10. Cook in batches and freeze for later

Planning meals in advance can help reduce stress around cooking. It also helps reduce food waste, which is a big problem in industrialized countries A great way to reduce waste and make planning easy is to cook large batches of a single meal, such as soups or curries, which can be frozen and reused on short notice later in the week.

11. Brighten your outlook

At the recent Warwick Economics Summit in February, Warwick University Economics Professor Dr. Andrew Oswald presented his research on health and happiness, focusing on the link between happiness and consumption of fruits and vegetables. His team of researchers found that eating more fruits and vegetables directly improves a person’s mental well-being, separate from other variables such as income level and how much meat a person ate. This research is supported by a similar study from the Harvard School of Public Health, which found a link between patients’ blood-level of carotenoids, compounds commonly found in colorful fruits and vegetables, and their feelings of optimism.

12. Use crop rotation

Crop rotation is an important way to preserve soil nutrients, prevent erosion, and protect against crop diseases and pests.

13. Embrace conviviality around the table

Talking and laughing while sharing food is a uniquely human experience. Conviviality, joyful and friendly interaction, is found at markets and around the dinner table, and it supports healthy relationships and healthy bodies.

Let’s every day be the Earth Day 🙂

THE END

Everyone is a moon, and has a dark side…

“Everyone is a moon, and has a dark side which he never shows to anybody.”

Mark Twain

From Freaking News

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“In a war you see people as they really are, and the truth may be the opposite to what you would expect… When fear and hunger set in, people forgot the ties of friendship and looked out for their own families, but as fear grew, and the likelihood of dying increased, even family members could be forgotten; people then thought only of keeping themselves alive…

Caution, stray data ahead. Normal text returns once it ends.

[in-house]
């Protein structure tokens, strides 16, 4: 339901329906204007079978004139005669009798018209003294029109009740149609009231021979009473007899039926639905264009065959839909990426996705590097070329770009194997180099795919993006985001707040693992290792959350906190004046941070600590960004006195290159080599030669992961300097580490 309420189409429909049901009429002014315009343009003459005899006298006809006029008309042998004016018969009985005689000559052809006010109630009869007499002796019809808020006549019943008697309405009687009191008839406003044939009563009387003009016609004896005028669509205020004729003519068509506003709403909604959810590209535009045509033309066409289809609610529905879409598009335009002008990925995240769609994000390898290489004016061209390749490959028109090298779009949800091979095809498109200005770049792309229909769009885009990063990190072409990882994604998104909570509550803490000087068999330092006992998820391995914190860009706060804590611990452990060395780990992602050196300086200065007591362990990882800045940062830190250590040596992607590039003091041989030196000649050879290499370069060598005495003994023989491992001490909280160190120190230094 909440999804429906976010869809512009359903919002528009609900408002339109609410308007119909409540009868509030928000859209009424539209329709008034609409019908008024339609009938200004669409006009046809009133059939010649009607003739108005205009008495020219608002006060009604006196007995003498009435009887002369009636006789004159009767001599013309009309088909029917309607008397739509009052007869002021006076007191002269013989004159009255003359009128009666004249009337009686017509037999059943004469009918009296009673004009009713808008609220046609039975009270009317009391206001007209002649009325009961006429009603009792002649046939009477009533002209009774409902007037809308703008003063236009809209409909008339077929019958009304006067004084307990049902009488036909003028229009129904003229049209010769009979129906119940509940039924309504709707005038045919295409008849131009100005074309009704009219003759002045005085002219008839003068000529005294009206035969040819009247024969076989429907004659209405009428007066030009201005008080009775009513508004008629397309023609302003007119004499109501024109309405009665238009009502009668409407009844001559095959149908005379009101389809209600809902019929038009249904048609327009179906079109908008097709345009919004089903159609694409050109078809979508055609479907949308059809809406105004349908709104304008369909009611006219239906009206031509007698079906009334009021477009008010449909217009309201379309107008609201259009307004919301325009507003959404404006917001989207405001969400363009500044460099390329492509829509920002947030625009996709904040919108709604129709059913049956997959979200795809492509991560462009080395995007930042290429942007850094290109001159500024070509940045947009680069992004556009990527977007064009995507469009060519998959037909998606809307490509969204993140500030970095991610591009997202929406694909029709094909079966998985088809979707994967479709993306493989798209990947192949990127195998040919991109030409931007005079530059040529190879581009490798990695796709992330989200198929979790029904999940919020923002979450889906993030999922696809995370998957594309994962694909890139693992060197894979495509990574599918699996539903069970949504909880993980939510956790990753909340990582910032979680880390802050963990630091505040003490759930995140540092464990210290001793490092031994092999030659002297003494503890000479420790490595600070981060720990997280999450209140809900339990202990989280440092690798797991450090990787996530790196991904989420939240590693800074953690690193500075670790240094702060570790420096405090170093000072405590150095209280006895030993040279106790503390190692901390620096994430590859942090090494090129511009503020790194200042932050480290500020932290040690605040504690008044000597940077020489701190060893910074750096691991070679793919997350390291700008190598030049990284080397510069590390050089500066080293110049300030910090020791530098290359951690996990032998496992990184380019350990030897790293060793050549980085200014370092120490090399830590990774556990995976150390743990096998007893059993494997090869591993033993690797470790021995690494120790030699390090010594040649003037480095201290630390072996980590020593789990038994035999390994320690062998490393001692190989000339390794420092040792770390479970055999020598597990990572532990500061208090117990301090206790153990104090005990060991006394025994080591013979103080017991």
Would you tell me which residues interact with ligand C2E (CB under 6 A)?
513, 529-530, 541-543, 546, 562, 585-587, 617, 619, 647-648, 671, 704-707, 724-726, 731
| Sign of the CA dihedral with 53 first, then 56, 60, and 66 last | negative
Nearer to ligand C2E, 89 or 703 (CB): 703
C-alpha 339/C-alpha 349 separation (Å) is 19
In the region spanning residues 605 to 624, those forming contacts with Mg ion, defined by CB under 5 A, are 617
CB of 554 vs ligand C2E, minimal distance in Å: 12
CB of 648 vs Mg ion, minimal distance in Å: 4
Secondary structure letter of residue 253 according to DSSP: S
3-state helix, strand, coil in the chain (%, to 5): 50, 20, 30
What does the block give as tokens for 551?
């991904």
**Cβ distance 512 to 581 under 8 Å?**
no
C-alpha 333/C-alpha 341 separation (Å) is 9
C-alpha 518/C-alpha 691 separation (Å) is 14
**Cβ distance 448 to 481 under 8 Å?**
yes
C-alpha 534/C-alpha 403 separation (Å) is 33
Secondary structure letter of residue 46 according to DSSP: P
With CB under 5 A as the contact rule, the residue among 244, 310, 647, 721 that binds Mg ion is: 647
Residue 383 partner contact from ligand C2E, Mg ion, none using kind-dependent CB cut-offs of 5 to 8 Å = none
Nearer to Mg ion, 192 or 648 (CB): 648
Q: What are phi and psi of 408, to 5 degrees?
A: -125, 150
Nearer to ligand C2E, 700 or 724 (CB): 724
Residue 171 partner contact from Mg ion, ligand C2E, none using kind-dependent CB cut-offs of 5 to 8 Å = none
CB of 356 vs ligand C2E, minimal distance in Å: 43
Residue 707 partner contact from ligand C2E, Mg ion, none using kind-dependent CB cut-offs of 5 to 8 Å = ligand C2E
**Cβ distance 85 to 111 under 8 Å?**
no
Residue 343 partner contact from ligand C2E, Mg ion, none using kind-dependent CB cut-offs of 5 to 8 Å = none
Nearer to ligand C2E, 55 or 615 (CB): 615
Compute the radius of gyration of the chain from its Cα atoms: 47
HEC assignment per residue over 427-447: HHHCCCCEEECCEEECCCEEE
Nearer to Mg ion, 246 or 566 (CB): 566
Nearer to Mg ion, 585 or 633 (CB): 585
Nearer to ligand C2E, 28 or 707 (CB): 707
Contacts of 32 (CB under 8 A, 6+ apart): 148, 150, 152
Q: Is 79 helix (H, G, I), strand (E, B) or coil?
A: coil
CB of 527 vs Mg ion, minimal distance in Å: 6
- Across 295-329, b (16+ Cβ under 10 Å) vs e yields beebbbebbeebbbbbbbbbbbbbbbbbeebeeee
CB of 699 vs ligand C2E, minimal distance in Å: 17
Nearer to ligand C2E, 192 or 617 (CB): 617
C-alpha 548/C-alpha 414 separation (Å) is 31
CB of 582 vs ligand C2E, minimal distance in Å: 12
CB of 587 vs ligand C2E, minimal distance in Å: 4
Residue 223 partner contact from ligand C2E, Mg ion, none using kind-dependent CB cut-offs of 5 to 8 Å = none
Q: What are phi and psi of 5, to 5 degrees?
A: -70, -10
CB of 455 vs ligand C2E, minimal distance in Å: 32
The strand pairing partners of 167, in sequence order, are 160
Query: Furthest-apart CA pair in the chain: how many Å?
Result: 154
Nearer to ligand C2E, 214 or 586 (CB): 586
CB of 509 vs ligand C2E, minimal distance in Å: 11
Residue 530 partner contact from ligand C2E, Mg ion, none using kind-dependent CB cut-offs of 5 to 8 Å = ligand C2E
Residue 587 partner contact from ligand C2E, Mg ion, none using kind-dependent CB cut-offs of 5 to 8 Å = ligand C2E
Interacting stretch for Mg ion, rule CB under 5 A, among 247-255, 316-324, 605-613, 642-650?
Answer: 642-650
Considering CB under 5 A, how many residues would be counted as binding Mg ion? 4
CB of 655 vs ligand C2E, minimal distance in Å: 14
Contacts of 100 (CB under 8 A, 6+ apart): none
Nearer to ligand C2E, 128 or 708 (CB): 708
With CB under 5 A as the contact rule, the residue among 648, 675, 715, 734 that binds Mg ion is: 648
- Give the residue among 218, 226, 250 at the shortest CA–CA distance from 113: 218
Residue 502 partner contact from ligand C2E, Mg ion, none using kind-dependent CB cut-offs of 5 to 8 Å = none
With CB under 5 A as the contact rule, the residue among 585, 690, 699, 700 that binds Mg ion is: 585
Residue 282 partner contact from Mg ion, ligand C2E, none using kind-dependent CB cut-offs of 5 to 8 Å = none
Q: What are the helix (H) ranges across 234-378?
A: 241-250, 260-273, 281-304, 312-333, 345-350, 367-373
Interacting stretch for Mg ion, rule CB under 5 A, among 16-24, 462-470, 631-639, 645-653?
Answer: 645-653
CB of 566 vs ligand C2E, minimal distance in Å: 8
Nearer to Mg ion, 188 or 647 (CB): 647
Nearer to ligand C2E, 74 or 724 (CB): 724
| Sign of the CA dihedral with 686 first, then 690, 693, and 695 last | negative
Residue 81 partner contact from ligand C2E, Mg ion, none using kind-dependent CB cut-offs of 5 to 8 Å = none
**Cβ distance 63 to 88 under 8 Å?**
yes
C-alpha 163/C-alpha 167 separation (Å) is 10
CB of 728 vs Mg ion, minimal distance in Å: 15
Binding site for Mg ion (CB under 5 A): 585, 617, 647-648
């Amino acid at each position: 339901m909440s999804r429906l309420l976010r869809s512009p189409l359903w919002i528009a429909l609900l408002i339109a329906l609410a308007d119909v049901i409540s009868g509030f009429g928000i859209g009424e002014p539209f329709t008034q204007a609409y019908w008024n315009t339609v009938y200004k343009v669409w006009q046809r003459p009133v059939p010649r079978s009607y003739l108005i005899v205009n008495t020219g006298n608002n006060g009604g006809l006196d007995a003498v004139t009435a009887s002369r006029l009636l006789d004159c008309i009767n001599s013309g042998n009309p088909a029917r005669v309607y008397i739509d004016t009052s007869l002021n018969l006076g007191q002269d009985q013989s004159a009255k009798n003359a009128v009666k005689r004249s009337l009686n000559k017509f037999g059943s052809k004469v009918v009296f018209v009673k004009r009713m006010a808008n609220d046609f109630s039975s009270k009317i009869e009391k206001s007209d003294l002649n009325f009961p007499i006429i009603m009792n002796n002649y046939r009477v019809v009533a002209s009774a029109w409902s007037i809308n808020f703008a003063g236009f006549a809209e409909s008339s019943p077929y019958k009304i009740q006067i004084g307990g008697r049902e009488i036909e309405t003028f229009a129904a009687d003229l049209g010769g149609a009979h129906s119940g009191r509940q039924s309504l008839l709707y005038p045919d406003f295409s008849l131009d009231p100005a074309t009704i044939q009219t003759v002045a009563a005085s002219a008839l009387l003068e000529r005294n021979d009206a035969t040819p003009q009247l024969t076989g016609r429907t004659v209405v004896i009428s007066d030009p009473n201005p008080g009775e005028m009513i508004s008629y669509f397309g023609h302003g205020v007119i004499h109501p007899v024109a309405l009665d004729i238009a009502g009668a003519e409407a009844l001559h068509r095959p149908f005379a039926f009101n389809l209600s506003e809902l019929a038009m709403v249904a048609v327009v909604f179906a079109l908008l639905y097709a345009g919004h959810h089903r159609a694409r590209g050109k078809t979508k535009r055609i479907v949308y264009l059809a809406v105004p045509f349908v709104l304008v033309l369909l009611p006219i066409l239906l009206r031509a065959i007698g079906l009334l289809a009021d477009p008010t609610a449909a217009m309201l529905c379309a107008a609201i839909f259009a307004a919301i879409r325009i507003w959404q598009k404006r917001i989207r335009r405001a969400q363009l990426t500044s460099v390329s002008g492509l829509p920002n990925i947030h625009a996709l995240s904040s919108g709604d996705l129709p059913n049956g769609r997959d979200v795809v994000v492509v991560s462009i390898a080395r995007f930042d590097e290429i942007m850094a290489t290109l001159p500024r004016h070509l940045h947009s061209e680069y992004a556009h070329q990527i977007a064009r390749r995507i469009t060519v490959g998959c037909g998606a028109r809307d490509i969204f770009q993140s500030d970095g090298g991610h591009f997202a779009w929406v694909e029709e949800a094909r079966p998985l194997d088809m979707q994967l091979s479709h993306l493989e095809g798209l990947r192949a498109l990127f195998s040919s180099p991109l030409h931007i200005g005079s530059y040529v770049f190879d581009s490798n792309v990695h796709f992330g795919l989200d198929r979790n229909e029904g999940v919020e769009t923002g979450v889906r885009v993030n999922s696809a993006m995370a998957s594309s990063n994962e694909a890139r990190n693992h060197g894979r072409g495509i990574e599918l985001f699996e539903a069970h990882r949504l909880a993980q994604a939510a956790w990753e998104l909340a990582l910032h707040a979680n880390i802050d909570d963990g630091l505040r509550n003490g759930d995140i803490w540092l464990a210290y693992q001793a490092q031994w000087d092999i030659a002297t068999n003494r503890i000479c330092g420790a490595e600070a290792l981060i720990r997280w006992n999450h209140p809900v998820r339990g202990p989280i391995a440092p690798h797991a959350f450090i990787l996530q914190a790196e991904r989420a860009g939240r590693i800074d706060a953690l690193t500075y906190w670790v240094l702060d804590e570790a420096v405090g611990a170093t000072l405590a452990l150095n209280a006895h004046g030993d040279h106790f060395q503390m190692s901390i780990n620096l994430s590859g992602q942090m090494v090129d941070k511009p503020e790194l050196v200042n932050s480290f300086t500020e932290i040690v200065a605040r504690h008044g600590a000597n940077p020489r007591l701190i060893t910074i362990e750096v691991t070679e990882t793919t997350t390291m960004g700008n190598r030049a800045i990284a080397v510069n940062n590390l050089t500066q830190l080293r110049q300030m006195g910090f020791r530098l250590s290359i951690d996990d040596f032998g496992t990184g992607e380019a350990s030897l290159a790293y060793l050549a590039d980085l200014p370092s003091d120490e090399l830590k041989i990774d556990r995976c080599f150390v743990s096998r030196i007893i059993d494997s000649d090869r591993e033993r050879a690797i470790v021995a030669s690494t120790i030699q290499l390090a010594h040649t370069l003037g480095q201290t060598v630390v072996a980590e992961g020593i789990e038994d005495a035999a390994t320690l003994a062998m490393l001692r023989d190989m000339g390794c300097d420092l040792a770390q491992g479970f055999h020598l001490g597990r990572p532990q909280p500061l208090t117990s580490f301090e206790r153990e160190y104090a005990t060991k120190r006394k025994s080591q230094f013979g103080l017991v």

The parachute drops began… The only way you could know where they’d landed was the loud cracking sound of the pallet hitting the ground. And when you heard that sound, you knew that if you were ever underneath it, you’d be squashed into pate.

When you reached the pallet, there was more danger. People were desperate; they would be searching in groups, carrying knives for opening the pallets, and may be guns – and people would steal those weapons from others if they got the chance. I usually went with another girl, my friend Nermina, and we would look out for each other. Sometimes knives would slash at your fingers when you reached for the food. Two girls were shot by a man spraying bullets to keep people back; one of them never regained the use of her legs. And these people were all on the same side!…

My worst experience of the parachute drops was when a pallet landed in a large, deep, pit-like hole. I was with a group of friends and when we got to that hole and looked down, we saw a mass of people, about two hundred of them, fighting and shouting over the food… One of my friends gave me a pistol to look after while he was in the hole grabbing for food… I was on the edge of the hole…, when a man who had been running around muttering and cursing to himself suddenly produced a grenade and began waving it around. He was crazy with rage because he had missed out on the food packs.

‘I’ll kill you. I’ll kill you all you bastards,’ he shouted above the clamour of fighting. Everyone fell silent. He was just a few metres from me. I knew that man; I went to school with his daughter; and their family were distant cousins of ours. He was holding the pin of the grenade. ‘I’ll pull this. I will.’

I raised the pistol that was in my hand. ‘Move your finger and I’ll shoot you.’

‘You’ll be dead,” he said. “This grenade will kill you.’

‘I don’t care. You can kill us all but you’ll die first.’… My finger was on the trigger….

Then he turned and walked away….”

(from ‘Escape from Bosnia’ as told to Sue McCauley)